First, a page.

You are here

Carotid Arterial Disease G020

Last amended 
28 June 2015

Current RMA Instruments:

Reasonable Hypothesis
37 of 2012
Balance of Probabilities
38 of 2012
Changes from Previous Instruments:

SOP Bulletin 158

ICD Coding:
  • ICD-9-CM Codes: 433.10, 442.81, 440.8
  • ICD-10-AM Codes: I65.2, I72.0, I70.8

Carotid arterial disease is any arterial disease affecting the carotid arteries. This SOP concerns only the artery and not the downstream effects. If there was a cerebrovascular accident or a chronic vascular brain compromise or a retinal infarction then the separate RMA instruments for cerebrovascular accident, vascular dementia or retinal vascular disease should be utilised.

The presence of atherosclerosis in the carotid artery, not causing stenosis or occlusion sufficient to require treatment, is not covered by this SOP and is not a disease or injury(see further comments below).

Is specific diagnostic evidence required to apply the SOP? – No.

However, imaging, in the form of a duplex Doppler ultrasound, an MRI, a CT scan or an angiogram will generally be required to demonstrate the required pathology and loss of function.

Are there sub-factors that require specific information? – No.

However, note that the trauma factor (g)(i) is sided, so the carotid arterial disease which would be covered, is that pertaining to the side of trauma. Similarly there are some other factors which are locally specific and hence would only apply to the affected segment of artery.

Additional diagnoses covered by SOP
  • Carotid artery aneurysm
  • Carotid artery dissection
  • Carotid artery stenosis
Conditions excluded from SOP
  • Cerebrovascular accident / stroke, ICD-9-CM codes 434.01, 434.11
  • Transient (cerebral) ischaemic attack, ICD-9-CM codes 435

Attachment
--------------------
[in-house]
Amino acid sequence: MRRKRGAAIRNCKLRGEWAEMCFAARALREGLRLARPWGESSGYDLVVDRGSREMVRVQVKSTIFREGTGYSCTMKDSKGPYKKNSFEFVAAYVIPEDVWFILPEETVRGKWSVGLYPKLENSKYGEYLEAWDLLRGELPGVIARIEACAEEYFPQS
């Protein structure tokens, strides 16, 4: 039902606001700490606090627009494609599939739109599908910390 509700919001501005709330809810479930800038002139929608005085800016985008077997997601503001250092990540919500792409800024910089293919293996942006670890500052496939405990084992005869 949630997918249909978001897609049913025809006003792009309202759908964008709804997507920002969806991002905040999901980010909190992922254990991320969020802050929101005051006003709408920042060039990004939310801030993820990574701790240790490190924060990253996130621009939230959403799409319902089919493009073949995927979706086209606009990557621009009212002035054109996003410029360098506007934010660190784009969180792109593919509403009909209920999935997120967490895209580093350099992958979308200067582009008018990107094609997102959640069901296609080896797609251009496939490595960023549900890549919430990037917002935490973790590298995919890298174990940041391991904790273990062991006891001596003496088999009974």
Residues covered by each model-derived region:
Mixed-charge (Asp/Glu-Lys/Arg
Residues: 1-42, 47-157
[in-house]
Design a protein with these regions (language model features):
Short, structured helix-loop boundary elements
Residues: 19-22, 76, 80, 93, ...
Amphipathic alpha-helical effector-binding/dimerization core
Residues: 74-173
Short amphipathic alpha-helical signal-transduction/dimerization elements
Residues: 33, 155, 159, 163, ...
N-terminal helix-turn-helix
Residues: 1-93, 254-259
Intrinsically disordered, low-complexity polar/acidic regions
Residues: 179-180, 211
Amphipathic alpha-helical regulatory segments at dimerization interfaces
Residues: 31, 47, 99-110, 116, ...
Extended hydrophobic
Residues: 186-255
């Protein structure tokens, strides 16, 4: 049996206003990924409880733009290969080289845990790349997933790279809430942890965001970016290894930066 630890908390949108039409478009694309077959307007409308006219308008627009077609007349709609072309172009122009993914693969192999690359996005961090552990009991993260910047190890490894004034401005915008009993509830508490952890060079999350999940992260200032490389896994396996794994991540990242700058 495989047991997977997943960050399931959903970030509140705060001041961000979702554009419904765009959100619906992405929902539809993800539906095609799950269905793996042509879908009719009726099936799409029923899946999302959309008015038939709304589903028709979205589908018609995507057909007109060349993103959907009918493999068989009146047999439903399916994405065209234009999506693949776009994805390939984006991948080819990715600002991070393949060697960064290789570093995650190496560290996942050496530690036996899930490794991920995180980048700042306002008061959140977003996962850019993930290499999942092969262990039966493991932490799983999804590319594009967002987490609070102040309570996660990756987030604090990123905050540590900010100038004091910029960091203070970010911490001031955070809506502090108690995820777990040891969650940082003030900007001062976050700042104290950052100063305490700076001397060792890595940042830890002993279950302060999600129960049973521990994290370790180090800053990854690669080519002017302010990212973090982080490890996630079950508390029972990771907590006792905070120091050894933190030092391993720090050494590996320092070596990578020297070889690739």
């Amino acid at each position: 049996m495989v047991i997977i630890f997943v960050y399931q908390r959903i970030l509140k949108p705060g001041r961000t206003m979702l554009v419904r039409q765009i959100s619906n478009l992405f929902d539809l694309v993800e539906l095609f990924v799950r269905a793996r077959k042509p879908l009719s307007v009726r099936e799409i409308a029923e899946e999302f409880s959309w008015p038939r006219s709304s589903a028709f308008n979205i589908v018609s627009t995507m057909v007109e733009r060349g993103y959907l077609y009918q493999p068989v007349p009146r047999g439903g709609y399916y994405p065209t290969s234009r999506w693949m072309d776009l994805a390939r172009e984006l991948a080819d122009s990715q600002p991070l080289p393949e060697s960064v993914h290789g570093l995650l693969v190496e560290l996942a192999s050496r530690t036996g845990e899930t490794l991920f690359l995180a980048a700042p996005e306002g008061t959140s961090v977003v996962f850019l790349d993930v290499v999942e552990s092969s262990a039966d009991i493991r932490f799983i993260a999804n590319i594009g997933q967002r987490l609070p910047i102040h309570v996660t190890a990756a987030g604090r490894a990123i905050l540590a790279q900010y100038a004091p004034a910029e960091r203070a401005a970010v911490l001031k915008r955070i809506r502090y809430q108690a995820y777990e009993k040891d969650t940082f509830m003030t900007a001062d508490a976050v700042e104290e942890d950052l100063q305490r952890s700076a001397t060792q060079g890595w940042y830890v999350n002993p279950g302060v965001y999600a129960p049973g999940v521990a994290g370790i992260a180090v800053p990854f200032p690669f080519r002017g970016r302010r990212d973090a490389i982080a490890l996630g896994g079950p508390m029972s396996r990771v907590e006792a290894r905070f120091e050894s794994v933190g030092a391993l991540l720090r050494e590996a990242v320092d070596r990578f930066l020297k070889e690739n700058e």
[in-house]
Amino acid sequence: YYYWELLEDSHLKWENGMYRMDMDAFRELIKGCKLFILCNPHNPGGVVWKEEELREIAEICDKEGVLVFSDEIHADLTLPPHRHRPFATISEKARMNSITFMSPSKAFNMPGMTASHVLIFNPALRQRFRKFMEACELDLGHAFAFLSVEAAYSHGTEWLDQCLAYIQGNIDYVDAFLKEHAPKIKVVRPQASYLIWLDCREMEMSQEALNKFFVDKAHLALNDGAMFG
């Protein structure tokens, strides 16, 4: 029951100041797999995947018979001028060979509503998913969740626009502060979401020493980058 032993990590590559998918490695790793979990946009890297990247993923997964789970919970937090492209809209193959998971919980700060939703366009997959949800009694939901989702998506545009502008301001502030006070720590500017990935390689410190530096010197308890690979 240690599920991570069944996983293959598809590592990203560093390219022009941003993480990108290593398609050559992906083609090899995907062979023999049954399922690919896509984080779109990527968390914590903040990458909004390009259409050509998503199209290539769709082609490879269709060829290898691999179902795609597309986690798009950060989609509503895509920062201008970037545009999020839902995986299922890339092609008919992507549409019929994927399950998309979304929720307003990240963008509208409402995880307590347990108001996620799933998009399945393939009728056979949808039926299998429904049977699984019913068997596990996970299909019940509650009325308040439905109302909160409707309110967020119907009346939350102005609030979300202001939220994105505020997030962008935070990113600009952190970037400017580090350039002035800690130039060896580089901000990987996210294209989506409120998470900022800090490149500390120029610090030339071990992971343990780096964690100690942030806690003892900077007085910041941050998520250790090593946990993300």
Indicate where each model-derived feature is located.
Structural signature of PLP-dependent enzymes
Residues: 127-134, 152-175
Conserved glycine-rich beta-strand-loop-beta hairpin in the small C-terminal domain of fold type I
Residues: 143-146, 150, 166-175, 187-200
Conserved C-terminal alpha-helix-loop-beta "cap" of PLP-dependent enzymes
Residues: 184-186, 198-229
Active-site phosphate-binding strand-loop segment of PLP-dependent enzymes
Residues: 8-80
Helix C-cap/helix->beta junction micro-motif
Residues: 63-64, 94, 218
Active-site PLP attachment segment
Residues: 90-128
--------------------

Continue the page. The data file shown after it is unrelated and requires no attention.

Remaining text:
Unconfirmed diagnosis

If, after applying the above information, you are unable to confirm the diagnosis, you should then seek medical officer advice about further investigation.


The carotid artery supplies blood to the brain in conjunction with the two vertebral arteries. There are two carotid arteries anatomically sited on either side of the neck. The common carotid artery bifurcates at the level of the thyroid cartilage into the external carotid supplying blood to the face and the internal carotid continuing into the skull to supply the brain.

The left common carotid arises from the aortic arch where as the right common carotid arises from the brachiocephalic artery. This means that the left common carotid has part of the artery in the thoracic cavity where as the right carotid system begins behind the right sternoclavicular joint.

The scope of carotid arterial disease includes pathological effects of atherosclerosis but is not restricted to atherosclerosis.

Note, that for occlusion or stenosis due to atherosclerosis, dissection or another pathological process involving that artery the definition is restricted to disease which requires treatment (of the occlusion or stenosis).

  • Aneurysm – Oxford dictionary states ‘morbid dilatation of an artery’. A varix and varicose are morbid dilatations of vein and veins.
  • Dissection – This a tear of the inner most layer of the blood vessel (intima), with blood tracking between the intima and middle layer (media) causing a stenosis and occlusion of the internal blood flow. The ‘tracking blood’ acts as the surgical knife dissecting between the intima and media of the artery along the length of the blood vessel.
  • Occlusion – Oxford dictionary states ‘stop up, close, obstruct’. Though this does include stenosis, it is generally considered as a more severe form.
  • Stenosis – Oxford dictionary states ‘Narrowing of a passage in the body’.